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Kentucky shares medical expertise with Djibouti

March 28, 2018 | By sraymond
Kentucky National Guard Staff Report [caption id="attachment_28933" align="aligncenter" width="575"]
VIRIN: 180326-N-ZY298-18933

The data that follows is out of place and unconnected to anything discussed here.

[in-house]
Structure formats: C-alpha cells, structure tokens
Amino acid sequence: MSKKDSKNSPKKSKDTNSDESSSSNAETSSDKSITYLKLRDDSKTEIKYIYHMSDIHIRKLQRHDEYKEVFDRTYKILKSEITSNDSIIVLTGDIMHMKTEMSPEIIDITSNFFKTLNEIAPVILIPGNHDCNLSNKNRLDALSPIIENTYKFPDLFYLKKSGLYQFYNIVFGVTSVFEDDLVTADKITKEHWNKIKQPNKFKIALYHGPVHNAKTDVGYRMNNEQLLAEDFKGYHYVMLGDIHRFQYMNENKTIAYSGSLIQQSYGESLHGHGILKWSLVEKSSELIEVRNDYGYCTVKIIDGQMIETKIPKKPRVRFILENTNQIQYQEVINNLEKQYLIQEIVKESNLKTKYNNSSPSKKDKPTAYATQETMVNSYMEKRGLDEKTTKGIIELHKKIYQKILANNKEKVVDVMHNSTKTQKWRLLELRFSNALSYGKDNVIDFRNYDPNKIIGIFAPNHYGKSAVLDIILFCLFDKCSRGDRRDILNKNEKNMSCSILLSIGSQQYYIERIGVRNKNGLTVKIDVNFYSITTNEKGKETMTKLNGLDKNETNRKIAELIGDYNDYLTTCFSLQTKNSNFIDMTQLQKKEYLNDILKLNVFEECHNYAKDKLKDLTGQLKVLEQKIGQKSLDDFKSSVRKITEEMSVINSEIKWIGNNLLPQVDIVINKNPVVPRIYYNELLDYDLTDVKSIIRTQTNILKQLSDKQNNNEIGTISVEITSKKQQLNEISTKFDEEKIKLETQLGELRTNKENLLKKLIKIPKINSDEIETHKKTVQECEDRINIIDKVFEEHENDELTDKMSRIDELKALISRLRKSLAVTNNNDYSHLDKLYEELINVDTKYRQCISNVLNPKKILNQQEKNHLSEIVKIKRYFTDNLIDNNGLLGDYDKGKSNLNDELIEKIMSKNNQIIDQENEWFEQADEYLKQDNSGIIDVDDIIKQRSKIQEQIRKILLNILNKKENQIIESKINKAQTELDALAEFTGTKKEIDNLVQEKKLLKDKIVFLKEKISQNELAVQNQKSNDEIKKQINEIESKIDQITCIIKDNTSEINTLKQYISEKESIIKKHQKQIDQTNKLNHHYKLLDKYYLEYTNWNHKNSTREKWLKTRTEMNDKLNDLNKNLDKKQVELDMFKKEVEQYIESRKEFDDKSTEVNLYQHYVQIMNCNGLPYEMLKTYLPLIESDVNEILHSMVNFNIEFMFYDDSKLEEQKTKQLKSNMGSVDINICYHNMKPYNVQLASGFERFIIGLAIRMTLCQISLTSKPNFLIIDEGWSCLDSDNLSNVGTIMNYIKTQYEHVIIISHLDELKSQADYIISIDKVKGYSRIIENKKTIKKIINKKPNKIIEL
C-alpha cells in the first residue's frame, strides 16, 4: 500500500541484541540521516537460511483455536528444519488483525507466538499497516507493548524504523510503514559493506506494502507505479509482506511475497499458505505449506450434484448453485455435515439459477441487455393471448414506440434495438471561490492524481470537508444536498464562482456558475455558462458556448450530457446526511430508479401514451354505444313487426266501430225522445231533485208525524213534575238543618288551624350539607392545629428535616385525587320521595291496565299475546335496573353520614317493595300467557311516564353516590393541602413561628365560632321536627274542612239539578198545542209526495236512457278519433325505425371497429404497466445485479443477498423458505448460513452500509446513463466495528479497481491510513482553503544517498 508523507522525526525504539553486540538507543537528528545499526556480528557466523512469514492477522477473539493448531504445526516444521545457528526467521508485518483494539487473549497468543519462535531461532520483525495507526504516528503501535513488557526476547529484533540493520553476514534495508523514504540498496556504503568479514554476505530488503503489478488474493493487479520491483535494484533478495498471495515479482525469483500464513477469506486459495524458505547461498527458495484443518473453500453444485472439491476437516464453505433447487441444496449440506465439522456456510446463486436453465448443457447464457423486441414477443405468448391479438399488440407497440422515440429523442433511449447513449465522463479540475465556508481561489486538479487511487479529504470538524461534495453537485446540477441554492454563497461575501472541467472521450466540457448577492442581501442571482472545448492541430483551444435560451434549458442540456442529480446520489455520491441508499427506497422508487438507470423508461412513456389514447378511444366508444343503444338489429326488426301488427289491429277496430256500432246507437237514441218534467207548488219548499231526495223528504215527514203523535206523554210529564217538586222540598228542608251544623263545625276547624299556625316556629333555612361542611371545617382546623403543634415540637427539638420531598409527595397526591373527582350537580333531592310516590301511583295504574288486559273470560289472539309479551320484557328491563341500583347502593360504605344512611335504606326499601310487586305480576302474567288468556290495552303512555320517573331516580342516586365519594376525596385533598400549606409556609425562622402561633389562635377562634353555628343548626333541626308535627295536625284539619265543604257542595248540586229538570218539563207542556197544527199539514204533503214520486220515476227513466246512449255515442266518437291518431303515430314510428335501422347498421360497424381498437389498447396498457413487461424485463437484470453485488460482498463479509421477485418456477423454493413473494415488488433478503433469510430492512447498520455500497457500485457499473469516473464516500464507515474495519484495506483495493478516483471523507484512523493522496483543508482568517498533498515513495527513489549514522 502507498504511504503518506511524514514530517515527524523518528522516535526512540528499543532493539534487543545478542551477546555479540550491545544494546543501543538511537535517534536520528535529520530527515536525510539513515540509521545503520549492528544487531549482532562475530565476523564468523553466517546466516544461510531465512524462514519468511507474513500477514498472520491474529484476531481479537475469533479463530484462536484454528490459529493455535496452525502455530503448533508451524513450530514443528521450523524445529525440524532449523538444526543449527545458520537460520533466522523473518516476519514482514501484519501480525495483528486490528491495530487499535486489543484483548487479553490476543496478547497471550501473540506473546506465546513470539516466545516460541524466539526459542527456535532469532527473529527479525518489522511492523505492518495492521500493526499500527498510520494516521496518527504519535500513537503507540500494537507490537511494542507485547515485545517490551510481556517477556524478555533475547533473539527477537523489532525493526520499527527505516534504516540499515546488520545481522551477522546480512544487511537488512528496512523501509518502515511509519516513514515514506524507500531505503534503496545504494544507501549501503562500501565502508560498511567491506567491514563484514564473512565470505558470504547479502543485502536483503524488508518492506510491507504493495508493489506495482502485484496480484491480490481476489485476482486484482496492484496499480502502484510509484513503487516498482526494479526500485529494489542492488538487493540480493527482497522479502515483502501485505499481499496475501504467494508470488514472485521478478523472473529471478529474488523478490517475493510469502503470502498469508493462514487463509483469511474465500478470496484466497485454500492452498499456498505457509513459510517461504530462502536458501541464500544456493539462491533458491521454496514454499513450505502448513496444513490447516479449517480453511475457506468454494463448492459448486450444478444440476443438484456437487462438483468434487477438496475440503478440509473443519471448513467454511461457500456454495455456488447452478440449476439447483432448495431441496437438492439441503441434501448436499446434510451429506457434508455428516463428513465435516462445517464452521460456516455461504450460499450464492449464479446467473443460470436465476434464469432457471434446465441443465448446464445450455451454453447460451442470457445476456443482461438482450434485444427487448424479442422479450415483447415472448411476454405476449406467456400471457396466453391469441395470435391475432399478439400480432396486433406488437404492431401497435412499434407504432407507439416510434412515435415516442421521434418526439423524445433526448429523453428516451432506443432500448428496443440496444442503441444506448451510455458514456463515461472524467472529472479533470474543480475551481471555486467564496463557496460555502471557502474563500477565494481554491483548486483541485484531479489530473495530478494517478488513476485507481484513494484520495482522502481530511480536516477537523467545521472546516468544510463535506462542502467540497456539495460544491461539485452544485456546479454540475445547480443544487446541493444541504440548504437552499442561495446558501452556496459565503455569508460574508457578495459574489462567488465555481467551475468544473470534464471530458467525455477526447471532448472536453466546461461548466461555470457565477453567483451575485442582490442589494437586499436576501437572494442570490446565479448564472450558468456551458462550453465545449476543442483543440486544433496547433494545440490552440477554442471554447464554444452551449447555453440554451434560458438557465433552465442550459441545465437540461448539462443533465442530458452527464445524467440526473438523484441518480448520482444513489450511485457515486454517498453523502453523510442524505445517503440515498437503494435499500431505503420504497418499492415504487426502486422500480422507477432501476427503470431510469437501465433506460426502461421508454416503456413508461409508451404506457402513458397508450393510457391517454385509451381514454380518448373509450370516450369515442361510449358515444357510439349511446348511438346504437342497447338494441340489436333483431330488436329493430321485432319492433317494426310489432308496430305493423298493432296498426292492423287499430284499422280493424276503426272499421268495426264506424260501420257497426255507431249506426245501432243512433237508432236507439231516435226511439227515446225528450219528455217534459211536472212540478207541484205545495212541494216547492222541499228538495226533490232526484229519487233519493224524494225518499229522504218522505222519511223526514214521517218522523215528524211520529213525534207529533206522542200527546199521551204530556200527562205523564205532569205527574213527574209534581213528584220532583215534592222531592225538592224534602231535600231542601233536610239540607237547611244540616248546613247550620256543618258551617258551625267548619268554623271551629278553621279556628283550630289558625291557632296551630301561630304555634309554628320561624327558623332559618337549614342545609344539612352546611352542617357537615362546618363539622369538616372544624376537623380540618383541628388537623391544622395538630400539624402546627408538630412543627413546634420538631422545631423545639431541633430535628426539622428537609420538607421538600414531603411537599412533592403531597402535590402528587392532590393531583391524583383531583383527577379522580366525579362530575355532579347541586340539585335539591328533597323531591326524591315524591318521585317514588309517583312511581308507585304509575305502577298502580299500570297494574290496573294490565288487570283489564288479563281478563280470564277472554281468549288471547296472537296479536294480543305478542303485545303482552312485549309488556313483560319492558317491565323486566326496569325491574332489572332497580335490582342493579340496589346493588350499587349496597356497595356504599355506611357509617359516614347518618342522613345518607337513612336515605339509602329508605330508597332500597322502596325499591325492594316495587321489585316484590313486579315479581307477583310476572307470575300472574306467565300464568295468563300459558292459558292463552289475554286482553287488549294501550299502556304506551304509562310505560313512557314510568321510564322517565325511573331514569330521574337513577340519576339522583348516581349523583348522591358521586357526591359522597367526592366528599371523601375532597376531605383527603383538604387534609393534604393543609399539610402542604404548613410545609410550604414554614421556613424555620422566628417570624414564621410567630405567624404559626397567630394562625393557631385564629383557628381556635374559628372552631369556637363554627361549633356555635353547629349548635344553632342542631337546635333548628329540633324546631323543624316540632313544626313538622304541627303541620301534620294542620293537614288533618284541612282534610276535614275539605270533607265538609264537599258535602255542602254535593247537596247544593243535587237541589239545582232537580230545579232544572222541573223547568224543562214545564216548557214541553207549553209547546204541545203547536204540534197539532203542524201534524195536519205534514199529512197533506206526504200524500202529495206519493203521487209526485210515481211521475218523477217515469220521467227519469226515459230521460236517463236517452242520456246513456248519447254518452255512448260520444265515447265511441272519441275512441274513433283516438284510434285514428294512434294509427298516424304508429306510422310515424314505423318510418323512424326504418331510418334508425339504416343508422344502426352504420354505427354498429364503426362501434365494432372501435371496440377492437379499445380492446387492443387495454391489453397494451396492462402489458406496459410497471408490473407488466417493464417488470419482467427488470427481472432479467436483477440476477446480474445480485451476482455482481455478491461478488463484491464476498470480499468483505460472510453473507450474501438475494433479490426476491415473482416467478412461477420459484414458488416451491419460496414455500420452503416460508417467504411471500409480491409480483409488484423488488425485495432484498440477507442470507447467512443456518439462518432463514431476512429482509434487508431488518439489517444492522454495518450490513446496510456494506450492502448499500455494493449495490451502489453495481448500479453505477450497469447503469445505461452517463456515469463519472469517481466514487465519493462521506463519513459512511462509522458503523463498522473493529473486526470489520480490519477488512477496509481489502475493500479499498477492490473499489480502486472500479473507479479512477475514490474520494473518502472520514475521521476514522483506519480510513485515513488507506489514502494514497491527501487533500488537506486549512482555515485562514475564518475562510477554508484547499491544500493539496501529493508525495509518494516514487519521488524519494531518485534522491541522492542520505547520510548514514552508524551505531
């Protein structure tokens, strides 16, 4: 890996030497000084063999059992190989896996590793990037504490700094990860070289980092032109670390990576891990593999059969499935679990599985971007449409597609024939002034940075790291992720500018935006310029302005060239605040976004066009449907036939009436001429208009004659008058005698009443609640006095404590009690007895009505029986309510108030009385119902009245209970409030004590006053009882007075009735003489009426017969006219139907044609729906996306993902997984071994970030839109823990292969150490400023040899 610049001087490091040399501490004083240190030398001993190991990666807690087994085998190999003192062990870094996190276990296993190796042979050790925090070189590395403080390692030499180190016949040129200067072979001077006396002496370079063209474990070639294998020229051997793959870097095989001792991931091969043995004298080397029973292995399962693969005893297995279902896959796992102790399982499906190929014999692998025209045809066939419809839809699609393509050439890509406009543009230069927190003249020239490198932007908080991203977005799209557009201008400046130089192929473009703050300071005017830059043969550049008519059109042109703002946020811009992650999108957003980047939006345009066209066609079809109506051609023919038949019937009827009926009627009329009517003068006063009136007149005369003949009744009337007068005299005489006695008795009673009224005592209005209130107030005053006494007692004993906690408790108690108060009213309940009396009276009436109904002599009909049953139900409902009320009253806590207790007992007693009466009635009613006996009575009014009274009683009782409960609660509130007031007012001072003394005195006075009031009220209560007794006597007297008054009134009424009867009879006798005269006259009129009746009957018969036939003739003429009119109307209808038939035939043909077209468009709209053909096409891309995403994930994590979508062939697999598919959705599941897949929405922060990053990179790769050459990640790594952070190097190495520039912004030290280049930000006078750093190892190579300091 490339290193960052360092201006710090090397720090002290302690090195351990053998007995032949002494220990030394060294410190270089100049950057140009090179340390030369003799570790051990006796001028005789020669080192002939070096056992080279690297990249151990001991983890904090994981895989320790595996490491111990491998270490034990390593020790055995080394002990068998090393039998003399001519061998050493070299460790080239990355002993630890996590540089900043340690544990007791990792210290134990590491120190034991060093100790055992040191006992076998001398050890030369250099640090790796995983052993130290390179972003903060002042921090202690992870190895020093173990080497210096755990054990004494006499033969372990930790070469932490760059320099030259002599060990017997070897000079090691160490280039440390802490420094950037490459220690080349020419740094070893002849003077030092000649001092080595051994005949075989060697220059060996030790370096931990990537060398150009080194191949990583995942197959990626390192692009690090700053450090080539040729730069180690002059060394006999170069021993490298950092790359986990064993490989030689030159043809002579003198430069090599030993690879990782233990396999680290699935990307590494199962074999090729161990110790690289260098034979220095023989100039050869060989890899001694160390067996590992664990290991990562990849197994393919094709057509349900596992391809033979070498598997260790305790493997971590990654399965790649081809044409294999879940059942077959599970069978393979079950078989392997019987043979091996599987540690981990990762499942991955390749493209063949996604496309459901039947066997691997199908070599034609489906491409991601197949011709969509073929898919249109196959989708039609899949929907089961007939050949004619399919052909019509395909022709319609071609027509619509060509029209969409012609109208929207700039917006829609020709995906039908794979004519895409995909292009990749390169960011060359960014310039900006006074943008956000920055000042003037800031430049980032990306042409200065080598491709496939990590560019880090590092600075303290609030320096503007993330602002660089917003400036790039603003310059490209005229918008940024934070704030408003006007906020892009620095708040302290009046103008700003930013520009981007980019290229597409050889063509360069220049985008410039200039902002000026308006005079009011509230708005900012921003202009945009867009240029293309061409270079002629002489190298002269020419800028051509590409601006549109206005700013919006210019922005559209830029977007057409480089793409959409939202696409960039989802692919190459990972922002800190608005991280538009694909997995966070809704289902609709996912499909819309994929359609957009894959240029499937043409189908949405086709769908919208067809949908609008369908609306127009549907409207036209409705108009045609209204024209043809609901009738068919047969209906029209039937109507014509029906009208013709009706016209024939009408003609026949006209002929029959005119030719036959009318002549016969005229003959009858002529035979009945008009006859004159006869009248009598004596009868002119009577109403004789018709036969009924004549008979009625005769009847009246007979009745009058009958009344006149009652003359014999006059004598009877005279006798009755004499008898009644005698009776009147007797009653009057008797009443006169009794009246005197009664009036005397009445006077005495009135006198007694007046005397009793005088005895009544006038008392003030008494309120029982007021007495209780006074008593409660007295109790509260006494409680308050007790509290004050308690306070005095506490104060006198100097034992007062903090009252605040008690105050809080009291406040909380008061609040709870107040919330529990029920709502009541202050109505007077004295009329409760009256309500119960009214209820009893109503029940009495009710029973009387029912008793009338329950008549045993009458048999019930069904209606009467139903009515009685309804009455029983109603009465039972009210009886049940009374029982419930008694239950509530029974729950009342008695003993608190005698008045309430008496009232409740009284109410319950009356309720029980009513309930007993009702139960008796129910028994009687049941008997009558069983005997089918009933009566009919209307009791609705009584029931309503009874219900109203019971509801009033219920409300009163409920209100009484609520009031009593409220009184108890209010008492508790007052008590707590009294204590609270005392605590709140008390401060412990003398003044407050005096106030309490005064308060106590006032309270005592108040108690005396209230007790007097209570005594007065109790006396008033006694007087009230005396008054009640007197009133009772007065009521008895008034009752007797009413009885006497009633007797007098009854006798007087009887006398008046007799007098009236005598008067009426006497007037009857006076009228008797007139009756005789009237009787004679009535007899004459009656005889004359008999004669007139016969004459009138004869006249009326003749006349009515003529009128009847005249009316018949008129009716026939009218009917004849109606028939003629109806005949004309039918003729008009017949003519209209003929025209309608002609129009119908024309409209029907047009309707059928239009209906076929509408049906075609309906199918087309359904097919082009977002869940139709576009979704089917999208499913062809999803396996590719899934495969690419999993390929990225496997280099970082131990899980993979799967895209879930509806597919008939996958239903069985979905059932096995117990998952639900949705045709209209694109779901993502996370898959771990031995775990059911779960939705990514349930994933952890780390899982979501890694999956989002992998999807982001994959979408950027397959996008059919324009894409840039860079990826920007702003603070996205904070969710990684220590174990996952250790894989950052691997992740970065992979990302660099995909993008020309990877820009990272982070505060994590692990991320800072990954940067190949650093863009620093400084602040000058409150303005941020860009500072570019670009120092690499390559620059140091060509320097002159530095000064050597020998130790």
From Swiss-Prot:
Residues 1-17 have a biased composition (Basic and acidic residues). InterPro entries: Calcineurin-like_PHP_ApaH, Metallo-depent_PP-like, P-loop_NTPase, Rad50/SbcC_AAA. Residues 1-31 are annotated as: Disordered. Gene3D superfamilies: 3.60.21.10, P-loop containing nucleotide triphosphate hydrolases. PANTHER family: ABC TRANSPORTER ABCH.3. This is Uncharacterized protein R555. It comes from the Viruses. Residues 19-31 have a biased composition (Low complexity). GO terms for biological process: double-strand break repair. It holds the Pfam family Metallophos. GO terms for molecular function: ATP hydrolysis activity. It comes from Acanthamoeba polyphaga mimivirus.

Maj. (Dr.) Nicholas O’Dell, Kentucky National Guard Medical Detachment (center) as well as Capt. (Dr.) Gregory Mathios (left) and Spc. Jacob Cevallos (right) with the Texas National Guard speak with Djiboutian military doctors during a hospital visit in Djibouti City, Feb. 19, 2018. The medical information exchange was part of Kentucky’s State Partnership Program with the African nation. (U.S. Army National Guard photo by Maj. Stephanie Fields) FRANKFORT, Ky. -- Members of the Kentucky National Guard Medical Detachment traveled to Djibouti Feb. 15-23 as part of Kentucky's State Partnership Program with the African nation. The Guardsmen met with Djiboutian medical personnel to share best practices for delivering and managing medical care to military members, their families and the community. "I do believe our medical visits have had an impact on the delivery of healthcare with our Djibouti partners," said Maj. Stephanie Fields. "During previous medical visits Kentucky offered recommendations that the hospital had adopted as standard procedures. I do believe that the medical professionals will have a positive, lasting impression as they progress in their careers, impacting care delivery for future patients." Providers and nurses from Kentucky and Texas National Guard and the Djiboutian Military compared and discussed effective process/protocols for diagnosis and treatment for providing patient care, nursing and general medical practices to include clinic administration. This was the first visit following the hospital gaining an ISO 9001, Tier III rating, a world-wide credentialing of quality management of care and service. Kentucky supported Djibouti's efforts to gain this rating with a site assistance visit in March 2017. "It was a great experience working with the local military doctors. They were very receptive to our ideas and seemed to appreciate our willingness to help them help their patients," said Maj. (Dr.) Nicholas Odell. "While we were halfway around the world, many of the medical conditions and concerns they face are similar to the problems we face at home such as managing diabetes and treating sepsis. It was very rewarding to use medical knowledge to continue building the relationship between Djibouti and the United States." The State Partnership Program between Djibouti and the Kentucky National Guard is designed to reinforce U.S. ties in the region and assist the Djibouti military to become a more professional force that can better partner with U.S. and allied armed forces through standardized military-to-military engagements with the Kentucky National Guard.

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